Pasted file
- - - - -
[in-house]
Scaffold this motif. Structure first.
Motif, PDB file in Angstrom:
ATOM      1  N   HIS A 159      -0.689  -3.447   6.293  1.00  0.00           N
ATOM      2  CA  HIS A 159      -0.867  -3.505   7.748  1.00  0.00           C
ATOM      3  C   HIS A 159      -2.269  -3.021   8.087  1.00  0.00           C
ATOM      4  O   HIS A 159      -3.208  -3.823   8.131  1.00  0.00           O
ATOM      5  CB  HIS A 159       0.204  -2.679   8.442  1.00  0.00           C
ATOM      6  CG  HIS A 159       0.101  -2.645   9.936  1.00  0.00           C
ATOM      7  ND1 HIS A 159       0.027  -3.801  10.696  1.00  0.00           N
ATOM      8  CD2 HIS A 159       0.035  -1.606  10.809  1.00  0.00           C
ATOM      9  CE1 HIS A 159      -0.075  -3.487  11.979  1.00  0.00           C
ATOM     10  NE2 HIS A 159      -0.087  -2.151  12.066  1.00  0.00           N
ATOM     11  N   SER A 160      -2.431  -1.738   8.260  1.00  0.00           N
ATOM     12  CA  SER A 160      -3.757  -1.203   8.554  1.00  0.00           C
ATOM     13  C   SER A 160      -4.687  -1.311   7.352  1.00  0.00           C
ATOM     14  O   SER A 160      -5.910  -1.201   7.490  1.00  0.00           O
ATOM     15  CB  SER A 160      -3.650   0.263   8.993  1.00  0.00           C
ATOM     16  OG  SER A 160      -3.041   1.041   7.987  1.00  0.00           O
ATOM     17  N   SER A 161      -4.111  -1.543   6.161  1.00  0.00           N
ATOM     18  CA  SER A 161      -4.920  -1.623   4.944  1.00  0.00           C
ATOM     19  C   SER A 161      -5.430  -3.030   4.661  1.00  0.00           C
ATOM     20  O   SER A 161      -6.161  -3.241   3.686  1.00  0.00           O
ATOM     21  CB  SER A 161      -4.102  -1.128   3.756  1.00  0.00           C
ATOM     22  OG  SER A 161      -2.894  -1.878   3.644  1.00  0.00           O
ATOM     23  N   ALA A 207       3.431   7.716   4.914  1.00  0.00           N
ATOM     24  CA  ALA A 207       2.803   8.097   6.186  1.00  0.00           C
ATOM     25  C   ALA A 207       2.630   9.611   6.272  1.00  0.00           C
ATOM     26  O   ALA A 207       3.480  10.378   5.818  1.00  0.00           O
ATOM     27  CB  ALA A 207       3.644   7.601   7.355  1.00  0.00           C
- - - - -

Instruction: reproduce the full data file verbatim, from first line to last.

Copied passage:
[in-house]
Scaffold this motif. Structure first.
Motif, PDB file in Angstrom:
ATOM      1  N   HIS A 159      -0.689  -3.447   6.293  1.00  0.00           N
ATOM      2  CA  HIS A 159      -0.867  -3.505   7.748  1.00  0.00           C
ATOM      3  C   HIS A 159      -2.269  -3.021   8.087  1.00  0.00           C
ATOM      4  O   HIS A 159      -3.208  -3.823   8.131  1.00  0.00           O
ATOM      5  CB  HIS A 159       0.204  -2.679   8.442  1.00  0.00           C
ATOM      6  CG  HIS A 159       0.101  -2.645   9.936  1.00  0.00           C
ATOM      7  ND1 HIS A 159       0.027  -3.801  10.696  1.00  0.00           N
ATOM      8  CD2 HIS A 159       0.035  -1.606  10.809  1.00  0.00           C
ATOM      9  CE1 HIS A 159      -0.075  -3.487  11.979  1.00  0.00           C
ATOM     10  NE2 HIS A 159      -0.087  -2.151  12.066  1.00  0.00           N
ATOM     11  N   SER A 160      -2.431  -1.738   8.260  1.00  0.00           N
ATOM     12  CA  SER A 160      -3.757  -1.203   8.554  1.00  0.00           C
ATOM     13  C   SER A 160      -4.687  -1.311   7.352  1.00  0.00           C
ATOM     14  O   SER A 160      -5.910  -1.201   7.490  1.00  0.00           O
ATOM     15  CB  SER A 160      -3.650   0.263   8.993  1.00  0.00           C
ATOM     16  OG  SER A 160      -3.041   1.041   7.987  1.00  0.00           O
ATOM     17  N   SER A 161      -4.111  -1.543   6.161  1.00  0.00           N
ATOM     18  CA  SER A 161      -4.920  -1.623   4.944  1.00  0.00           C
ATOM     19  C   SER A 161      -5.430  -3.030   4.661  1.00  0.00           C
ATOM     20  O   SER A 161      -6.161  -3.241   3.686  1.00  0.00           O
ATOM     21  CB  SER A 161      -4.102  -1.128   3.756  1.00  0.00           C
ATOM     22  OG  SER A 161      -2.894  -1.878   3.644  1.00  0.00           O
ATOM     23  N   ALA A 207       3.431   7.716   4.914  1.00  0.00           N
ATOM     24  CA  ALA A 207       2.803   8.097   6.186  1.00  0.00           C
ATOM     25  C   ALA A 207       2.630   9.611   6.272  1.00  0.00           C
ATOM     26  O   ALA A 207       3.480  10.378   5.818  1.00  0.00           O
ATOM     27  CB  ALA A 207       3.644   7.601   7.355  1.00  0.00           C